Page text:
Klein said that three years ago his team was tracking the looters through the Judean Desert. "We succeeded to track [the] group of looters from the Judean Desert until the point that they tried to sell it to someone in the antiquities market in Jerusalem," Klein said, declining to say when his team first encountered the scroll in Jerusalem.  

Even though the looters hadn't succeeded in selling it, they had passed the scroll to intermediaries who were trying to facilitate the sale, he said.

Live Science heard a rumor that the IAA had paid someone to give the papyrus to the team so that the scroll would not be harmed during a raid. When asked whether this rumor was true, Klein said: "I cannot specify exactly how we got it, but it was very complex and eventually, no [we didn't pay them]."

Klein didn't deny, however, that money had changed hands, at least at one point during the operation. "I cannot specify about that," he said.

Klein's team continued to track down the looters, ultimately arresting them in the Judean Desert. "We caught the group of looters in the field when they excavated at other caves," he said.

During the operation to seize the scroll, Klein's team identified two other groups of looters who were also from the southern Hebron Hills and caught them, seizing more ancient texts in the process.

The unit identified three caves in three separate valleys in the Judean Desert where looting activities were underway. Rescue operations were carried out to excavate the remaining artifacts, including two scroll fragments dating back around 2,000 years, in those caves.

Is it authentic?

"There are some palaeographic anomalies and inconsistencies in this papyrus inscription that suggest it may be modern, not ancient," Rollston said.

He added that "the fact that the papyrus itself has been carbon-dated to the seventh century BCE certainly does not mean that the writing on the papyrus is ancient. After all, ancient papyrus is readily available for purchase online, thus, no modern forger worth his salt would forge an inscription on modern papyrus. Rather, he would purchase some ancient papyrus online and then write a text on it. It happens fairly often."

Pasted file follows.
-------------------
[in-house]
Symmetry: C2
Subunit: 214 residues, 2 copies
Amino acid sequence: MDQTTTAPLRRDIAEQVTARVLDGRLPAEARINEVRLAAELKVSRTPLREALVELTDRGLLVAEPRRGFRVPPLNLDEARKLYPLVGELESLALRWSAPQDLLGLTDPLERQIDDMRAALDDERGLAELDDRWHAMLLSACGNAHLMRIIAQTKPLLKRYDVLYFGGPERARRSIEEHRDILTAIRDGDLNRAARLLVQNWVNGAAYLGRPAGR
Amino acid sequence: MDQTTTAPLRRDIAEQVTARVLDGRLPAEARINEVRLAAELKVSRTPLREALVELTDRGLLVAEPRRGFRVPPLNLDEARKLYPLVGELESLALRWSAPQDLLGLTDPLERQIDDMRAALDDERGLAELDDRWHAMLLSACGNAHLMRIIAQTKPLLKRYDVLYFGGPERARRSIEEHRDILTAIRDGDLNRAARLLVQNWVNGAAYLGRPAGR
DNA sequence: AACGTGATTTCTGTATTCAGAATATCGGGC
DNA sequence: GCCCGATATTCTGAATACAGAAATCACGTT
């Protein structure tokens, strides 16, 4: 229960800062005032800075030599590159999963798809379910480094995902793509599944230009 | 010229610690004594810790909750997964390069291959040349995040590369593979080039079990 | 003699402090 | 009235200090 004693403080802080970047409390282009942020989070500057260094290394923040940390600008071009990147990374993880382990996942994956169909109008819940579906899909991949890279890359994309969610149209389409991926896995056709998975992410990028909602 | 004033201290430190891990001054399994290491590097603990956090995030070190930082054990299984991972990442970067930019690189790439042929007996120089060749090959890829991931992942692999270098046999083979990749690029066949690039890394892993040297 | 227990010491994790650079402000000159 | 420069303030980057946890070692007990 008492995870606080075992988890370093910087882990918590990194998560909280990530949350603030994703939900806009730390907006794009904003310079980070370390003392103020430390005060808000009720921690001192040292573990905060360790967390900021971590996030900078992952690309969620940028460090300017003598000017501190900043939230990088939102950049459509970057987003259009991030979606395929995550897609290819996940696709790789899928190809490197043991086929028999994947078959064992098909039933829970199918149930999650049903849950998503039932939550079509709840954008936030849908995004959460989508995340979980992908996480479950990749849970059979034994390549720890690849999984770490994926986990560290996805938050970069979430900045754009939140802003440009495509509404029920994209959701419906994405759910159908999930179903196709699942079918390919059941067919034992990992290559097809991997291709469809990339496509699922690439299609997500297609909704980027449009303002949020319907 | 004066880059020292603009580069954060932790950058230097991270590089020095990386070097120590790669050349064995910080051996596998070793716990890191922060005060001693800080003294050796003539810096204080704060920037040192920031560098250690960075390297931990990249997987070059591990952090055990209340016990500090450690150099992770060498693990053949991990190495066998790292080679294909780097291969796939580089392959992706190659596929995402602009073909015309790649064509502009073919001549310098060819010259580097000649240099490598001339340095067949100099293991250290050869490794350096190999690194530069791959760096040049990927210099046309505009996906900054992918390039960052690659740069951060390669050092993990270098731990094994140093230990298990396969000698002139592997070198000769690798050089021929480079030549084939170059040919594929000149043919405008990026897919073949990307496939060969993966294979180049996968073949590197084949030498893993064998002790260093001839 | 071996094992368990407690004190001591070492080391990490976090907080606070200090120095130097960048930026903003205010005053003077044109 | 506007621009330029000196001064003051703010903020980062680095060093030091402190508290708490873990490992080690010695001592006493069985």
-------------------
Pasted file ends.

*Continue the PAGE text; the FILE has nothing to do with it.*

Sometimes even the most authentic-looking scroll can be a forgery. For instance, Live Science recently reported on 70 new "Dead Sea Scroll" fragmentsthat had appeared on the antiquities market over the last 15 years. Scholars have expressed concern that some of the new scrolls could be forgeries, while others could be from looting in the Judean Desert. [See Photos of the Dead Sea Scrolls Fragments

Klein said that he has no doubt this 2,700-year-old papyrus is authentic, partly because his team knows exactly where it was found three years ago.

It's possible that the Israel Antiquities Authority was fooled by forgers who managed to throw them off the scroll's true origins, Rollston said. "Forgeries are often reported to have been found here, or there, at some specific location," wrote Rollston on his blog. 

Klein says he will need to talk to Rollston and compare notes before he can comment further. He said that he is interested in hearing what Rollston knows about the papyrus.

Original article on Live Science.

Owen Jarus
Live Science Contributor

Owen Jarus is a regular contributor to Live Science who writes about archaeology and humans' past. He has also written for The Independent (UK), The Canadian Press (CP) and The Associated Press (AP), among others. Owen has a bachelor of arts degree from the University of Toronto and a journalism degree from Ryerson University.